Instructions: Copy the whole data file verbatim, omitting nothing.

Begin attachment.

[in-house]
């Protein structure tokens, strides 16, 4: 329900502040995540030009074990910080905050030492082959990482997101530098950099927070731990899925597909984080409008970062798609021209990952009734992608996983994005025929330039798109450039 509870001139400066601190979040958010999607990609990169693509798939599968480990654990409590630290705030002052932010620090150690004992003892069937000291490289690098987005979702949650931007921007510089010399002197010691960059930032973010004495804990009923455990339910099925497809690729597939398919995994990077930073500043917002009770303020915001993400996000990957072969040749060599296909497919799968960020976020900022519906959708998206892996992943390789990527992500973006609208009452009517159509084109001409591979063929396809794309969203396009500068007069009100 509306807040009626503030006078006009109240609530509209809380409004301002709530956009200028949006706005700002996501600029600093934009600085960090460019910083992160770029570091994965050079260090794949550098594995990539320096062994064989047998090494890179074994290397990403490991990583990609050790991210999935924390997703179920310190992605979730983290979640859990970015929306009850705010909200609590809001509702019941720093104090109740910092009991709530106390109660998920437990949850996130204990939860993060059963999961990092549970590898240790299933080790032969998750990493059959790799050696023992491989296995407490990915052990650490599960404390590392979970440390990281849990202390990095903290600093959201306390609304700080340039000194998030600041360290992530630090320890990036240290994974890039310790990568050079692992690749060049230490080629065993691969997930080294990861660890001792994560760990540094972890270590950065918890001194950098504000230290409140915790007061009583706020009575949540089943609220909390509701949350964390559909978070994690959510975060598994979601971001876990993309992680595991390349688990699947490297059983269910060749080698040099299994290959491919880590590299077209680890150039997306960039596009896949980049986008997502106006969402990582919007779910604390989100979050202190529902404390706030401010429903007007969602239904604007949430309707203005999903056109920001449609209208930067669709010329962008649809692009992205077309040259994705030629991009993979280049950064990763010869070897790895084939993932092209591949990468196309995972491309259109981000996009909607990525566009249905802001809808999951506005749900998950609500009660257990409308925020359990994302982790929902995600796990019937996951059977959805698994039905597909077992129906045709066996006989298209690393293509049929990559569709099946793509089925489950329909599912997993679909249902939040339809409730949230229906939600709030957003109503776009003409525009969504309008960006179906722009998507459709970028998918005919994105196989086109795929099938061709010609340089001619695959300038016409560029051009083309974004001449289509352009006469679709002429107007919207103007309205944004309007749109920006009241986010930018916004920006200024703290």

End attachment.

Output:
[in-house]
């Protein structure tokens, strides 16, 4: 329900502040995540030009074990910080905050030492082959990482997101530098950099927070731990899925597909984080409008970062798609021209990952009734992608996983994005025929330039798109450039 509870001139400066601190979040958010999607990609990169693509798939599968480990654990409590630290705030002052932010620090150690004992003892069937000291490289690098987005979702949650931007921007510089010399002197010691960059930032973010004495804990009923455990339910099925497809690729597939398919995994990077930073500043917002009770303020915001993400996000990957072969040749060599296909497919799968960020976020900022519906959708998206892996992943390789990527992500973006609208009452009517159509084109001409591979063929396809794309969203396009500068007069009100 509306807040009626503030006078006009109240609530509209809380409004301002709530956009200028949006706005700002996501600029600093934009600085960090460019910083992160770029570091994965050079260090794949550098594995990539320096062994064989047998090494890179074994290397990403490991990583990609050790991210999935924390997703179920310190992605979730983290979640859990970015929306009850705010909200609590809001509702019941720093104090109740910092009991709530106390109660998920437990949850996130204990939860993060059963999961990092549970590898240790299933080790032969998750990493059959790799050696023992491989296995407490990915052990650490599960404390590392979970440390990281849990202390990095903290600093959201306390609304700080340039000194998030600041360290992530630090320890990036240290994974890039310790990568050079692992690749060049230490080629065993691969997930080294990861660890001792994560760990540094972890270590950065918890001194950098504000230290409140915790007061009583706020009575949540089943609220909390509701949350964390559909978070994690959510975060598994979601971001876990993309992680595991390349688990699947490297059983269910060749080698040099299994290959491919880590590299077209680890150039997306960039596009896949980049986008997502106006969402990582919007779910604390989100979050202190529902404390706030401010429903007007969602239904604007949430309707203005999903056109920001449609209208930067669709010329962008649809692009992205077309040259994705030629991009993979280049950064990763010869070897790895084939993932092209591949990468196309995972491309259109981000996009909607990525566009249905802001809808999951506005749900998950609500009660257990409308925020359990994302982790929902995600796990019937996951059977959805698994039905597909077992129906045709066996006989298209690393293509049929990559569709099946793509089925489950329909599912997993679909249902939040339809409730949230229906939600709030957003109503776009003409525009969504309008960006179906722009998507459709970028998918005919994105196989086109795929099938061709010609340089001619695959300038016409560029051009083309974004001449289509352009006469679709002429107007919207103007309205944004309007749109920006009241986010930018916004920006200024703290």